Mat Coch writes:
Red Bull is more than just a drinks company, whatever Lewis Hamilton may think.
Speaking in Melbourne, Red Bull team boss Christian Horner refuted the McLaren driver's suggestions, saying the team is so much more than an energy drink.
"We're much more than a drinks company," said the Englishman. "I don't know in what context Lewis said that, but for just a drinks company we've beaten an engineering company with all the resources that McLaren has had the last couple of years."
Indeed, winning both drivers' and constructors' championships last year was the culmination of a number of years development and building the team. One of the key components to that success was the signing of designer Adrian Newey, who is widely regarded as the finest designer in Formula One. "In many ways the best way to describe him is he's the conductor of our technical orchestra," explains Horner. "As with any conductor you've got to have the right wind instruments, the right string instruments, and so on. Everything has to be working in unison and that's exactly what we have."
That wasn't always the case however as tension between Sebastian Vettel and Mark Webber began to boil over during last year's championship. A collision in Turkey seemed to spark an internal rivalry which at times resembled the bitter feuds between Prost and Senna and Alonso and Hamilton. Horner however, is adamant that both drivers will be treated equally despite the fact that Sebastian Vettel is the reigning world champion.
"We will continue to support the drivers as equally as we can and give them both the same opportunity," he says. "Mark knows that, Sebastian knows that, and ultimately as it was last year it will come down to what they do on the circuit."
Having learnt some difficult lessons last year Horner believes the team is in a better position. With their 'best ever' pre-season the team is in buoyant mood ahead of the season opening Australian Grand Prix this weekend and looks set to be instantly on the pace.
"We've won fifteen Grands Prix in the last two years and two world championships; the constructors' and the drivers'. That's been the strongest performance in the pitlane. Obviously we're looking to build on that this year.
"We're only entering into our seventh season, this is our seventh car," continues the Englishman. "Already in the previous six we've achieved quite a lot in a relatively short space of time."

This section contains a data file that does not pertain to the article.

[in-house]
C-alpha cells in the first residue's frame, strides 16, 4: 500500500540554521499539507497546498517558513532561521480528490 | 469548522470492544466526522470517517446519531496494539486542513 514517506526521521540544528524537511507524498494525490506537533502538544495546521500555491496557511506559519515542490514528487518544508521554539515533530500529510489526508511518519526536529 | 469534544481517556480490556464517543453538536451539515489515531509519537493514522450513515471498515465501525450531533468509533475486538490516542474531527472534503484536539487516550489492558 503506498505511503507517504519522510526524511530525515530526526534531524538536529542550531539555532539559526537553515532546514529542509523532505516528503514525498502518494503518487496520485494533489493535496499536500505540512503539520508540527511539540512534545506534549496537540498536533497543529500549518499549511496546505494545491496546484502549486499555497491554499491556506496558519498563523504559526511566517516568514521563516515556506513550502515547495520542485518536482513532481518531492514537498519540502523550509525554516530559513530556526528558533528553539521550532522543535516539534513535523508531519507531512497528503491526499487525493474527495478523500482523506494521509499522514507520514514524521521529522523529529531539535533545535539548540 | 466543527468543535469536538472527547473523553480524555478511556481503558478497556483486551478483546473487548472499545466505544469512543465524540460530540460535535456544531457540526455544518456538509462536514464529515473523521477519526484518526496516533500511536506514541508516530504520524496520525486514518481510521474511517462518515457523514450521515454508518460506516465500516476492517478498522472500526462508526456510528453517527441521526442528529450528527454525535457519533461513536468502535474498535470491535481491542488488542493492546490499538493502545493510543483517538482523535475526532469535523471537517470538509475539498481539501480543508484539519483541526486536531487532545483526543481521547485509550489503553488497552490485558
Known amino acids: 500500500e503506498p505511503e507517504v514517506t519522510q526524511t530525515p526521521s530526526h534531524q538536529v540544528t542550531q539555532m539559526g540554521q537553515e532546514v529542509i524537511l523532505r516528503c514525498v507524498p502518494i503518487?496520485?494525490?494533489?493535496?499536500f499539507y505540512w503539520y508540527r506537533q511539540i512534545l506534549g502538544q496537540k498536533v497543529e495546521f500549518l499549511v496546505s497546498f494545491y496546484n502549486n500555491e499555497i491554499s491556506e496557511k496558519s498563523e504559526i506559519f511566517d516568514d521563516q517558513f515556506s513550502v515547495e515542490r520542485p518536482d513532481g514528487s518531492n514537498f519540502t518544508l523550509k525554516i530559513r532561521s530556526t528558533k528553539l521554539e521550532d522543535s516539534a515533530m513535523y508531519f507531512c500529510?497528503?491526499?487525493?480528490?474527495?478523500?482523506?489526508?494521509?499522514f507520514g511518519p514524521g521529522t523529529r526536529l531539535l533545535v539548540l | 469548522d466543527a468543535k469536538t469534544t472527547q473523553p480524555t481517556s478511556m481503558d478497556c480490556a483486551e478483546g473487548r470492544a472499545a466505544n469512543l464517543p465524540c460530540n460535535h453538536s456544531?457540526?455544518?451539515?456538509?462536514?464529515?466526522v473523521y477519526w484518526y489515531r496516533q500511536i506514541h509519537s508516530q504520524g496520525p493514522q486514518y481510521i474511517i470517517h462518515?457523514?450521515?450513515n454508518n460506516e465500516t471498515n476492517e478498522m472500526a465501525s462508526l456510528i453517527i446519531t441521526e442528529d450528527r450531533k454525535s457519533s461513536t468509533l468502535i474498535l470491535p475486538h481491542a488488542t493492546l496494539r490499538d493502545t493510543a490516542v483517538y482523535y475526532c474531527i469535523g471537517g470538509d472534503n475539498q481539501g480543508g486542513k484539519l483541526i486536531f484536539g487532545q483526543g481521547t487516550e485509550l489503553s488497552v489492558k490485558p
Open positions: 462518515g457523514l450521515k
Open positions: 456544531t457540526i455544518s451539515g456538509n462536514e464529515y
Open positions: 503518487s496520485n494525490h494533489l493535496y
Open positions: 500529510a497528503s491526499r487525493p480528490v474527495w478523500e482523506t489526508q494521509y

It seems that memories at Red Bull are short. While the 2011 car may only be the seventh chassis labelled Red Bull it is in fact the fourteenth the outfit has produced since starting life as Stewart Grand Prix in 1997. It's a fact Horner seems more than happy to ignore as he continues to describe the team as 'young'.
Still, having saved the Jaguar team from certain extinction, Red Bull has revitalized the outfit, dare one go so far as to say even given it wings. Success however has come at a price, with the parent company footing the bill for both Red Bull Racing and Toro Rosso.
Given the drain on the Austrian company's resources and the fact the team has now reached the pinnacle of the sport it seems there's little left to achieve for Red Bull by remaining in the sport. However Horner is confident his team will remain on the grid for the foreseeable future, the team signing new sponsors to help ease the burden on the Red Bull's purse strings.
"Red Bull is very committed to Formula One whilst it has the appeal that it has," says Horner. "It's very positive for us that we've brought in more partners this year and reduced the burden of spend to the Red Bull group. That only serves us well for the future. It gives better value to the brand as well."
The team has recently secured Sebastian Vettel, along with a number of key technical staff, until the end of 2014. It's a signal of intent to its rivals that they are determined and focused to continue the success they enjoyed in 2010.
Not bad for a drinks company.